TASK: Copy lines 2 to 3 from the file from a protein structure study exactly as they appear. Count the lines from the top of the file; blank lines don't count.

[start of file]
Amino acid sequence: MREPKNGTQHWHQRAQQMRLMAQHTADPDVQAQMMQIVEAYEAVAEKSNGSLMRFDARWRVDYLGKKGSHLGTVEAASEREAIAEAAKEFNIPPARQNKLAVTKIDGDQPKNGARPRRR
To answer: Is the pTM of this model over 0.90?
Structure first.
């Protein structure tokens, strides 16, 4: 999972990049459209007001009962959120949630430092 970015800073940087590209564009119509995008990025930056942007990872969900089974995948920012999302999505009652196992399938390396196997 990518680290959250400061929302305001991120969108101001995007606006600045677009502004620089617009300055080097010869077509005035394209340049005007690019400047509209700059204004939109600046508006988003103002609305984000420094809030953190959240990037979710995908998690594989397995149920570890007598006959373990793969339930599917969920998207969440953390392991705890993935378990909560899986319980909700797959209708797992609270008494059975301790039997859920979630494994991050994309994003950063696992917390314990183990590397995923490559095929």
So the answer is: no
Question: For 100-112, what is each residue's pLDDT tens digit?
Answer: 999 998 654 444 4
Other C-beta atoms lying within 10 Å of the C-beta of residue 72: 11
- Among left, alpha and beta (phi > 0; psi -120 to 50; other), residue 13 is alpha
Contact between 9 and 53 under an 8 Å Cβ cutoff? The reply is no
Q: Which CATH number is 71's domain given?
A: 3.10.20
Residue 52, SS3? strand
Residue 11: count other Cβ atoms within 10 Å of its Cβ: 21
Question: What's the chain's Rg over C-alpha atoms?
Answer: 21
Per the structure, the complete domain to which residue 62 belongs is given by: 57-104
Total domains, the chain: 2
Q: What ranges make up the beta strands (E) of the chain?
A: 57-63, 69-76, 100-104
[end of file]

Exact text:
To answer: Is the pTM of this model over 0.90?
Structure first.